Child support is one of the largest sources of income for families. According to the National Conference of State Legislatures, nationwide, the child support program serves one quarter of all U.S. children and half of all U.S. children in poor families—totaling 17.5 million children.   Research shows it reduces child poverty, promotes parental responsibility and involvement and improves children’s educational outcomes.    Fifty percent of all marriages end in divorce, and  many women, especially mothers with children, fall into poverty after divorce.    As the COVID-19 spreads,  this group may become the silent victims of  this contagion.

 In almost every state,  child support  and spousal support is tied to the income of the parties.  Should that income diminish due to reduced work and layoffs, or dissipate completely as a result of job terminations,  support payments can change radically.  Payments may dry up if pay checks disappear.    Payors  with reduced income may ask for  downward modifications in their support orders.   Payees who receive support and were working at the time an order was entered may lose a job, and be unable to replace it through support, if the payor also has lost income.  The ramifications are broad, and might affect the day to day survival for many.   

At Bookspan Family Law, LLC we meet many  of you at a vulnerable time in your lives.  Our goal is to help you through life transitions and ease your way to a better future.  Foremost in our minds now is the health and well-being of  you —our clients,  our friends and colleagues.  I am continuously reviewing and assessing the recommendations and requirements of applicable state, local and federal authorities, as well as the World Health Organization and the CDC, to implement necessary precautions and protective steps. As we face the coronavirus global pandemic together,  I want to assure you that we are continuing to work for you.

A note about financial obligations such as child and spousal support and alimony…

If you have lost your job, and or been temporarily laid off, it may affect your support payment (obligation and or receipt).    In Pennsylvania,  parties who either pay or receive support have a statutory obligation to report to Domestic Relations  a change in financial circumstances   As we have not faced  before anything like coronavirus and the interruptions in work and financial security it may bring, we may be in uncharted waters.  However, if you are laid off for a significant period of time, or lose you job, this is a change in circumstance that should be reported.  Alimony payments also may be affected.  Depending upon how alimony was provided for in your property settlement  agreement,  it could be impacted by a recent  financial change.    Please let us know if this is the case, and we will evaluate any next steps with you. For further discussion on financial security and cCvid-19, and a financial webinar,  see more information below.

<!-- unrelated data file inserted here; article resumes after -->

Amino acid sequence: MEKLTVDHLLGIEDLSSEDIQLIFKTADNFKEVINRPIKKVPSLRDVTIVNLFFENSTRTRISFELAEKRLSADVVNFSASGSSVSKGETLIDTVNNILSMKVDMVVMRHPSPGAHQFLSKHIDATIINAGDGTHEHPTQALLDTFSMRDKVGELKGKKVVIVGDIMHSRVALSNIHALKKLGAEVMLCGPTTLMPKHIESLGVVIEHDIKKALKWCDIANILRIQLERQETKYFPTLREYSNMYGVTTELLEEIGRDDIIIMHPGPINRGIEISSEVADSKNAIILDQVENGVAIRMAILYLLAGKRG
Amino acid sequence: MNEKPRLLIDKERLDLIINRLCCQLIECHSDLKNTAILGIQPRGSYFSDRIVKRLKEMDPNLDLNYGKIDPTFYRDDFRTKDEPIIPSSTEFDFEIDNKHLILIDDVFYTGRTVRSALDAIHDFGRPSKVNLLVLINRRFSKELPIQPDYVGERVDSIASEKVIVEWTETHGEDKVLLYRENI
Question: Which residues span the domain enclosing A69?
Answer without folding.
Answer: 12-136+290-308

You decide not a stranger

The range of emotions that arise when a family with children splits up can be overwhelming.   Complex decisions  have to be made around the lives of children, which can cause  among other things, anxiety, anger, stress, and resentment.   Depending upon the age and developmental stages of the children they may be more or less attuned to the changes happening around them.   Even the youngest of children is aware of stress and knows when mommy and daddy is, or is not, around.   As the children get older, they may feel  confusion or “caught in the middle.”    Normalizing decisions around custody and keeping a sense of control and harmony over this difficult situation is essential to the child(ren)’ s well-being.

Unaware of the potential or possibility of mediation in custody matters,  many families  begin a case by filing for custody and the matter ends up in court—before a master or a judge.   We suggest that  keeping custody cases out of court,  whenever possible,  is perhaps one of the kinder and wiser things you can do for your family.     Afterall, who knows  your child or children better than you?   How can a judge who does not know your children or the quirks of your family possibly be better at deciding what is better for your children than you?

Private mediation is a viable and underutilized option in custody.  There are many things that can be decided by parents in a safe setting with appropriate guidelines.    Among these are the obvious:

  • custody – how the child’s time will be split between two homes, and when each parent will have time with the child(ren);
  • Vacation and holiday schedules;
  • Changeover times and places can be agreed to, including transportation arrangements.

This is just the tip of the iceberg.   Once the  initial details are agreed to,  parents in mediation can discuss and reach agreements about  the things that are just superficially addressed in other settings.  These are  what we call the rights and responsibilities      Even if parents have reached an Agreement or a Custody Stipulation in the traditional arena,  we find the nitty gritty details are not fleshed out because the document was written by lawyers.  In mediation, Parents set the  rights and responsibilities agenda and fully discuss issues and reach agreements.  Among the topics, they may discuss:

  • rules for each house- bedtimes, use of electronics, when children can be left alone, etc.;
  • information sharing- medical information, school reports,  events;